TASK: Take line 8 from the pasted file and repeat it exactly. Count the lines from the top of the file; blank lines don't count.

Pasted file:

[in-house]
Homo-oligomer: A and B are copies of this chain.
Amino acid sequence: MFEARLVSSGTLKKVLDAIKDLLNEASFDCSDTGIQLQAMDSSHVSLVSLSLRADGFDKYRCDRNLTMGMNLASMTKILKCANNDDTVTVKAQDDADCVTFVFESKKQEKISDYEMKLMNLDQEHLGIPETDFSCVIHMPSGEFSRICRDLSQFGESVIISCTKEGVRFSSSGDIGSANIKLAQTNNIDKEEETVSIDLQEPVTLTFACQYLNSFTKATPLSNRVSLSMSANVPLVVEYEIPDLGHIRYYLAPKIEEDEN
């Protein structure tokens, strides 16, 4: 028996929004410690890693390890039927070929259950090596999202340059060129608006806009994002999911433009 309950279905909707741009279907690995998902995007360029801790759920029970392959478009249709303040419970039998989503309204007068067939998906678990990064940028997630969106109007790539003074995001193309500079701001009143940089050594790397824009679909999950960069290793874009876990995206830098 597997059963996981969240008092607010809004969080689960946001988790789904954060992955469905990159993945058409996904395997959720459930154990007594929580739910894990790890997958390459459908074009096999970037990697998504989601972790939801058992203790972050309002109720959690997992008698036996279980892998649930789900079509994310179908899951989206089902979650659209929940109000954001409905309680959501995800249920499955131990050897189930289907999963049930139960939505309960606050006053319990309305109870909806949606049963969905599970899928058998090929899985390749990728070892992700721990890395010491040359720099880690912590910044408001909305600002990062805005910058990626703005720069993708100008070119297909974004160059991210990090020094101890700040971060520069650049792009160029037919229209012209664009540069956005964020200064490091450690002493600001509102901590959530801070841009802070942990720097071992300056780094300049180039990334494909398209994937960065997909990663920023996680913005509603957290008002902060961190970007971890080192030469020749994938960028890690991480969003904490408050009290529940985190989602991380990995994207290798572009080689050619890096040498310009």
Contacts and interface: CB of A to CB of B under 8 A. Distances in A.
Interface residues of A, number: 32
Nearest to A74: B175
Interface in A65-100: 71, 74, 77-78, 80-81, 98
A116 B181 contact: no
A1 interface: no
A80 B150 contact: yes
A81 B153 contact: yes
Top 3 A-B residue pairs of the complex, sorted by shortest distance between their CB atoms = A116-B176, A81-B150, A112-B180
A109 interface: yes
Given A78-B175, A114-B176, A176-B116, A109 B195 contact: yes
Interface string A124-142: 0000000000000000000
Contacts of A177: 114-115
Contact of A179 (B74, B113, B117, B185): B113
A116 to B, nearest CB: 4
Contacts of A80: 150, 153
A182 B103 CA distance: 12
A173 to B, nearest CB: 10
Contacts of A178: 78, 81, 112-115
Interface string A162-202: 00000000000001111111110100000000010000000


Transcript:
Interface in A65-100: 71, 74, 77-78, 80-81, 98